Magnetic Stimulation May Safely Reduce Ventricular Tachycardia Episodes During VT Storm

A randomized clinical trial evaluated the safety and efficacy of transcutaneous magnetic stimulation of the left stellate ganglion for patients with VT storm.

Transcutaneous magnetic stimulation may safely reduce the burden of ventricular tachycardia (VT) during VT storm, according to results of a randomized clinical trial, published in JAMA Cardiology.

Patients (N=26) with 3 or more episodes of sustained VT in 24 hours were recruited for the Magnetic Stimulation to Treat VT Storm (STAR-VT; identifier: NCT04043312) trial at the Hospital of the University of Pennsylvania between 2019 and 2021. Patients were randomly assigned 1:1 to receive a single session of transcutaneous magnetic stimulation or sham stimulation. Transcutaneous magnetic stimulation was delivered for 60 minutes at 80% of the monitor threshold at a frequency of 0.9 Hz. Patients were monitored for vital signs and via a 12-lead electrocardiogram. The primary outcome was freedom from sustained VT for 24 hours after randomization.

Patients in the intervention and sham cohorts were aged mean 66.9 (standard deviation [SD], 15.2) and 61.7 (SD, 10.6) years; 71% and 83% were men; 1.9 (SD, 0.5) and 2.2 (SD, 0.72) were taking antiarrhythmic drugs; 71% and 50% had coronary artery disease; 57% and 67% had hypertension; 29% and 50% had atrial fibrillation; and 71% and 50% had monomorphic VT, respectively. The number of VT episodes in the preceding 24 hours was 11.0 (SD, 8.7) and 14.8 (SD, 11.9), respectively.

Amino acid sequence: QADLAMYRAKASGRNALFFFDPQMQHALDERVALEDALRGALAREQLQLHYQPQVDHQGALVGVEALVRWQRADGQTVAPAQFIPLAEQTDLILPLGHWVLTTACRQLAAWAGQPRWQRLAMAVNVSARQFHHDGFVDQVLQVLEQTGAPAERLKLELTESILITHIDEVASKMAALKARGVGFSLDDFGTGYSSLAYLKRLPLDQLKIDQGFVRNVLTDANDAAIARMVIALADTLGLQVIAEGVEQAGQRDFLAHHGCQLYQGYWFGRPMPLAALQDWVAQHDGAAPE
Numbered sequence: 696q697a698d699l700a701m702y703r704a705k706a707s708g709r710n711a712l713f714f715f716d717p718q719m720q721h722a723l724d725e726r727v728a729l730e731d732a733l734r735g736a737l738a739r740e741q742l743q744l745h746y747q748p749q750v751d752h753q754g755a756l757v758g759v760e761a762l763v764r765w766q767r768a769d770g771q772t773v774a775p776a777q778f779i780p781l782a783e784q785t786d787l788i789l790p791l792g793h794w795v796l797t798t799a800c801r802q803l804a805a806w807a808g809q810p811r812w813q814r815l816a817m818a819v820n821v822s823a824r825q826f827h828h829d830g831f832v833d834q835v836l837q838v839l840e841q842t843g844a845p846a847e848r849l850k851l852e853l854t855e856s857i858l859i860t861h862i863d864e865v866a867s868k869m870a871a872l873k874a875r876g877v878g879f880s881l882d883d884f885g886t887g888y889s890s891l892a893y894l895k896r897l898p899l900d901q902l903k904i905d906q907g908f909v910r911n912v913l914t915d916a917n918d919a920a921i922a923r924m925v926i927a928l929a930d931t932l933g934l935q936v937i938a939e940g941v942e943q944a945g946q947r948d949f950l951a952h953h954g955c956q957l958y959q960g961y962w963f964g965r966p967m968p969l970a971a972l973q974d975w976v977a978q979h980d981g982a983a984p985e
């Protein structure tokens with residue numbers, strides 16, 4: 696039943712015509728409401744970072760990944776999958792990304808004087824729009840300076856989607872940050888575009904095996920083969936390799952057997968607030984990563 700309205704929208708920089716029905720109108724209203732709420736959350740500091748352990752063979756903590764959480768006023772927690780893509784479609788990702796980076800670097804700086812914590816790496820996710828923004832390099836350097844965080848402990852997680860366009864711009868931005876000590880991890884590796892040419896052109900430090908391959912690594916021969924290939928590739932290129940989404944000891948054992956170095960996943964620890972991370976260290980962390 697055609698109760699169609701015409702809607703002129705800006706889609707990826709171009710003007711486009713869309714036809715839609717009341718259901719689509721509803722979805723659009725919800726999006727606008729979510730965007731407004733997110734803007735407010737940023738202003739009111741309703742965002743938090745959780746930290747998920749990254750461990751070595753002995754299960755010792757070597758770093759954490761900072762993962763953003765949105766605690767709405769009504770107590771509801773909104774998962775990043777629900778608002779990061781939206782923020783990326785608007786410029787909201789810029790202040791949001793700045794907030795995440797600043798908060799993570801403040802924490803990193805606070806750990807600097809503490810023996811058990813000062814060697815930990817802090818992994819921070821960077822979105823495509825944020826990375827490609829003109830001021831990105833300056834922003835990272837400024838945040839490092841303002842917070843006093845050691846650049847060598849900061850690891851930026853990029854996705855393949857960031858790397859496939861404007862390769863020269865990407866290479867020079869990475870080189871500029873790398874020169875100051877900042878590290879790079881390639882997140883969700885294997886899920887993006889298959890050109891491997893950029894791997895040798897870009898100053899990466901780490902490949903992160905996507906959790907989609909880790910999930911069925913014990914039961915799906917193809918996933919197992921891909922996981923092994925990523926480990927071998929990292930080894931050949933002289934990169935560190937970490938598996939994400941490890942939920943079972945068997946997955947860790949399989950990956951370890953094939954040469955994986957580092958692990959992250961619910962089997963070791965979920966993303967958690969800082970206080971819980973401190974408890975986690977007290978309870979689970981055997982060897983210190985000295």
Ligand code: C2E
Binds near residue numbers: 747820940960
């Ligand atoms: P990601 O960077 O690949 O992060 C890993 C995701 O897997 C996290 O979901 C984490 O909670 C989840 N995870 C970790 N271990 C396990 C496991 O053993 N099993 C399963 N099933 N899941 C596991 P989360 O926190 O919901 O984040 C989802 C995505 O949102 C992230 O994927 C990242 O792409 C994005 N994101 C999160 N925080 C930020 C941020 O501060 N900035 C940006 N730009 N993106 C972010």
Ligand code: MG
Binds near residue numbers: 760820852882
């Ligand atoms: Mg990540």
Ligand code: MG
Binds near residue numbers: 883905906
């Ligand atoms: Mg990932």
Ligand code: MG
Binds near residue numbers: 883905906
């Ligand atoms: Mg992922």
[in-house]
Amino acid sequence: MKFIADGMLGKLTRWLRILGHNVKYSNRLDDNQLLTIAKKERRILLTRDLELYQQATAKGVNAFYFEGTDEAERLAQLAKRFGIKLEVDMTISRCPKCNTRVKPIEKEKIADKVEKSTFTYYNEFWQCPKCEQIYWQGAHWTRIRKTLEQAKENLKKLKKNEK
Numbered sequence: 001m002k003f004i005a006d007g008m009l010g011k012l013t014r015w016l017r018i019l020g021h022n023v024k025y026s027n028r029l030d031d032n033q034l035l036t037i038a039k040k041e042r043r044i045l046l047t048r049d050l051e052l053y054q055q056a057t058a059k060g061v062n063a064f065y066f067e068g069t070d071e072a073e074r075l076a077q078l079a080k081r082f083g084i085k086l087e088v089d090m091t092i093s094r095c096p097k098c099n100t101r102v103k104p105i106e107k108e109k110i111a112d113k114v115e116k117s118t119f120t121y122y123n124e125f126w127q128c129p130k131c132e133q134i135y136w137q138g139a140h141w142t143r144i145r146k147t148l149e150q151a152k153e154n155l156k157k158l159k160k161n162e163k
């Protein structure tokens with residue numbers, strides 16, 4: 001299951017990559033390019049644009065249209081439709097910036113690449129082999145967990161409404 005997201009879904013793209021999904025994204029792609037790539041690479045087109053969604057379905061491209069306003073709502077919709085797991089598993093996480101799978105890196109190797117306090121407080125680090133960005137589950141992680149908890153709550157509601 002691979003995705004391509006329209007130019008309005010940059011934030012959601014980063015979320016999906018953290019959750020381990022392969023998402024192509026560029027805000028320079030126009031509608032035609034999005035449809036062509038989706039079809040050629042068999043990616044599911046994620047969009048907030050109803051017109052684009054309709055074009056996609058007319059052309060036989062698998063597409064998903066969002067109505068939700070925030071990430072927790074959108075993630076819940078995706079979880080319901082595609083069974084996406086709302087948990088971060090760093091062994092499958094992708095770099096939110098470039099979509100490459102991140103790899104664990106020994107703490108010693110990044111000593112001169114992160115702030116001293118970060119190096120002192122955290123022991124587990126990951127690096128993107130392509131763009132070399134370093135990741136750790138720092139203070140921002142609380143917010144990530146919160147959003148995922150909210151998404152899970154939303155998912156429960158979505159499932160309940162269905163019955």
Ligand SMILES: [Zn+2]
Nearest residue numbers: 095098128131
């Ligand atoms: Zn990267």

VT recurred in the 24 hours after treatment among 29% of transcutaneous magnetic stimulation and 58% of sham recipients (P =.20).

During the 72-hour post-treatment period, VT occurred an average of 4.5 (SD, 7.2) times in the transcutaneous magnetic stimulation group and 10.7 (SD, 13.8) times in the sham group (incidence rate ratio [IRR], 0.42; P <.001). Stratified by the first and second 24 hours after treatment, VT occurred fewer times among transcutaneous magnetic stimulation recipients in the first 24 hours (IRR, 0.18; P <.001) but not the second 24 hours (IRR, 0.88; P =.60).

At 24 hours, transcutaneous magnetic stimulation recipients reduced their antiarrhythmic drug intake (mean, 1.8 vs 0.9 drugs; P =.001) and the sham group did not (mean, 1.9 vs 2.3 drugs; P =.20).

No safety concerns were reported.

This study was underpowered to detect significant differences in the primary outcome.

“In this randomized clinical trial of patients with VT storm, results demonstrated that [transcutaneous magnetic stimulation] has the potential to safely reduce the burden of VT,” the study authors wrote. “These findings should inform future investigations of the optimal strategies for [transcutaneous magnetic stimulation].”

Disclosure: Multiple authors declared affiliations with industry. Please refer to the original article for a full list of disclosures.


Markman TM, Pothineni NVK, Zghaib T, et al. Effect of transcutaneous magnetic stimulation in patients with ventricular tachycardia storm: A randomized clinical trial. JAMA Cardiol. Published online February 16, 2022. doi:10.1001/jamacardio.2021.6000